Freetown experienced tragedy due to deforestation and the associated increased risk of landslides in 2017, when a deadly landslide killed more than 1,000 people and left many more missing. The city has taken action to reduce landslide and flooding risk through the “Freetown the TreeTown” initiative, which aims to increase the city’s green space and vegetation cover. With engagement from the local community, the city will plant, grow and track 1 million trees and restore 3,000 hectares of land, sequestering approximately 69,000 tonnes of CO2.
The initiative uses innovative, disruptive, low-cost digital technology for tree-tracking. It also creates new jobs for women and young people in green sectors, providing eco-friendly alternatives to working in dangerous and environmentally damaging industries like mining. With a growth cycle of 3–5 years, each tree is assigned a unique identification code that can be transformed into “impact tokens”. The tokens can be bought, sold, and traded for carbon offsets, preventing future emissions and further climate damage.
Since 2020, Freetown has planted more than 560,0000 trees in climate-vulnerable areas, covering 578 hectares of urban land and benefiting 300+ communities. The initiative has created over 1,200 jobs, 80% of which have gone to young people, including 44% to women.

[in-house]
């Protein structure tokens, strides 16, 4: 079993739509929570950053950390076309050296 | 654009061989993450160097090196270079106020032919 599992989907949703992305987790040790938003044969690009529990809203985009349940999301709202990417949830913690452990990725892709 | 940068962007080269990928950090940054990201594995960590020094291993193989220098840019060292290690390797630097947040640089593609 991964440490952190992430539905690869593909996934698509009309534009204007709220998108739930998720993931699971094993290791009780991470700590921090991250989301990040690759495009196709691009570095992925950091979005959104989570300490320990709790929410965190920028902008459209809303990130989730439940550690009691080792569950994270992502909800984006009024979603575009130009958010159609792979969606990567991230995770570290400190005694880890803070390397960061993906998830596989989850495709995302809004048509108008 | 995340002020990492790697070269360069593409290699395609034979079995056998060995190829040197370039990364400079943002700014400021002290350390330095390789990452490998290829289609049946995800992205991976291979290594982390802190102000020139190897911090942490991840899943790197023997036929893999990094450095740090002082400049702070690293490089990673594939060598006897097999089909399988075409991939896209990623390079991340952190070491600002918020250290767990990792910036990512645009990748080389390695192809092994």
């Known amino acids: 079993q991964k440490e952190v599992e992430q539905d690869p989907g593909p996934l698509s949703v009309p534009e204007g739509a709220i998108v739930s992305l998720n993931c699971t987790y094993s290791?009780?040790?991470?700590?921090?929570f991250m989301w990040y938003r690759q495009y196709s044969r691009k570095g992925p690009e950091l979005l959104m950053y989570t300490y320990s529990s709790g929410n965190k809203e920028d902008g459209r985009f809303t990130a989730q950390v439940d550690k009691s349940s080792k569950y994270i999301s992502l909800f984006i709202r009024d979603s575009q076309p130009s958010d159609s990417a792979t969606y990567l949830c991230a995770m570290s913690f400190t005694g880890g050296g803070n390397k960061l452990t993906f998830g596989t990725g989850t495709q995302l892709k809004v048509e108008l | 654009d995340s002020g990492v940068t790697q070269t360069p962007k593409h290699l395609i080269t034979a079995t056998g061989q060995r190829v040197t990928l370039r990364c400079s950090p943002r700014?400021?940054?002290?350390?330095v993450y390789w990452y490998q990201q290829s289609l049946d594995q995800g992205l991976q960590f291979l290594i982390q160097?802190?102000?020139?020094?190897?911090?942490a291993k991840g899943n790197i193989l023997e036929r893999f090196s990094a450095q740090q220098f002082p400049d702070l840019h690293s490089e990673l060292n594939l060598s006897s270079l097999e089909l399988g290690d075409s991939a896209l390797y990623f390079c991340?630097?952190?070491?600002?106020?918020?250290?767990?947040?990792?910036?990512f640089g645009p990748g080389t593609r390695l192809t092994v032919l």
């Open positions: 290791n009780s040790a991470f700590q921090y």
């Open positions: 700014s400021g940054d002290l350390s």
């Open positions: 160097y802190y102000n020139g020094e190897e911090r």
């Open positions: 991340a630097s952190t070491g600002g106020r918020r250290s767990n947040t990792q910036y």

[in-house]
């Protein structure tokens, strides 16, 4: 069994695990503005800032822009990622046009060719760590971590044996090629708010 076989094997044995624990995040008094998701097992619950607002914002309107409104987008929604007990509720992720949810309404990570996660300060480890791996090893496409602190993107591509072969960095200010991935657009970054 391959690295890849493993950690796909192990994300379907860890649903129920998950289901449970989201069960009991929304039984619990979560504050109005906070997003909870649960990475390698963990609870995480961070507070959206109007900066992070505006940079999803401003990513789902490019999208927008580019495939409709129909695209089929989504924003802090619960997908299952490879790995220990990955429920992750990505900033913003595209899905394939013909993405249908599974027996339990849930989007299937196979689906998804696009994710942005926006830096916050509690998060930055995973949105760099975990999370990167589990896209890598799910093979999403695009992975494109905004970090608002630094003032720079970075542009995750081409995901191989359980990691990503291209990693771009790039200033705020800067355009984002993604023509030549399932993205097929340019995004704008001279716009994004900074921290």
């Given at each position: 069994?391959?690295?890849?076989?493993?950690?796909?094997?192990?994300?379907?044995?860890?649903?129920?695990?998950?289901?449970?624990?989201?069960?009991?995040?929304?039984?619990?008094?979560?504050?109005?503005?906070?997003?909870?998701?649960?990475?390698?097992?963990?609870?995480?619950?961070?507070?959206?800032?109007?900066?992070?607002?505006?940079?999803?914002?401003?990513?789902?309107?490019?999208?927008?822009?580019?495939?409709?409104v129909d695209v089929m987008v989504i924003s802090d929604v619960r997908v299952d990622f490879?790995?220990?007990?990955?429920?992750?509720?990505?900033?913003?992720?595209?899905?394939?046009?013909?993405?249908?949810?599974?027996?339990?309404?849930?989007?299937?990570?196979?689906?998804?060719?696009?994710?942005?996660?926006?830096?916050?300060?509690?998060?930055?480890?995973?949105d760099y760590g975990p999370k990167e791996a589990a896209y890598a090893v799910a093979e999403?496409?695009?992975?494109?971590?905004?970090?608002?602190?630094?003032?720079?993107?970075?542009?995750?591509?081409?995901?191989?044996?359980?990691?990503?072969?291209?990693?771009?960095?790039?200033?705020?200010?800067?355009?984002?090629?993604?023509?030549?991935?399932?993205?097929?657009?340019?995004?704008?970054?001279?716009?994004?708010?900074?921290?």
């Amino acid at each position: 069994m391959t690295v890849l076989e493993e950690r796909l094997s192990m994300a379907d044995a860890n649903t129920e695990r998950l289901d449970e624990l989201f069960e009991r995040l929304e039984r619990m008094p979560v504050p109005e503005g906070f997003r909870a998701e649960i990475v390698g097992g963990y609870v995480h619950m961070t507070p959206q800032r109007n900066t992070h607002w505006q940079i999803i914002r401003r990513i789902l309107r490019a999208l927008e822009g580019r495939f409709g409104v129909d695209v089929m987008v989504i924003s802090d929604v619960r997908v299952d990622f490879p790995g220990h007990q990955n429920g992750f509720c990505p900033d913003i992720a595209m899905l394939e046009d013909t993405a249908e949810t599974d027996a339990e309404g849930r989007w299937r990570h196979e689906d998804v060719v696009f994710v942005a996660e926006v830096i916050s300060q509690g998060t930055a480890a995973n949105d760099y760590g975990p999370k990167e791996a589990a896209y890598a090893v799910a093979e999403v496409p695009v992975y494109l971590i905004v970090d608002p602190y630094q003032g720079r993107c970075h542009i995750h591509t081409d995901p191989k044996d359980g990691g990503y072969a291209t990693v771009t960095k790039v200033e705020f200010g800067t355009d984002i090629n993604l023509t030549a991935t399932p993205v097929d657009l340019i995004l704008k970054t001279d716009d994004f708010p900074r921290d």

This approach is effectively raising community awareness of the importance of reforestation for reducing climate-related disasters. The city recognises that 1 million trees will not meet the challenge of deforestation and climate breakdown in the city. Therefore, an additional 4 million trees will be planted over the next ten years using the #FreetownTheTreeTown community-growing approach.
GrowQC: food security for Quezon residents
In Quezon City, the COVID-19 pandemic exacerbated widespread hunger and malnutrition. The city launched GrowQC to tackle the growing problem of food insecurity amongst the most vulnerable residents. The initiative aims to make healthy and nutritious food available to all and create inclusive and sustainable livelihoods for vulnerable groups by converting idle lands across the city into productive, green and local urban farms, reducing transport and agriculture-related emissions.
From the start of the pandemic to 2022, GrowQC has established a total of 337 urban gardens and ten model farms, creating livelihoods for 4,119 urban farmers, 258 displaced workers and 298 vendors and jeepney drivers. Private landowners were exempt from paying Idle Land Tax if they allowed their land to be utilised in the project for three years, effectively increasing the city’s access to land; a total of 381,650 m2 of land was converted for urban agriculture.
During the city’s most intense lockdown in 2021, GrowQC ensured 1.7 million healthy and nutritious meals were served to 325,600 families. Around 3,600 residents, previously on low or zero incomes, have been trained as city farmers to produce food and boost their income. Direct access to fresh and affordable food has benefited the health and wellbeing of communities that experienced food insecurity. The project promotes a circular economy by exemplifying the farm-to-table and waste-to-energy cycle, serving as an integrated food system that is sustainable and replicable to other cities.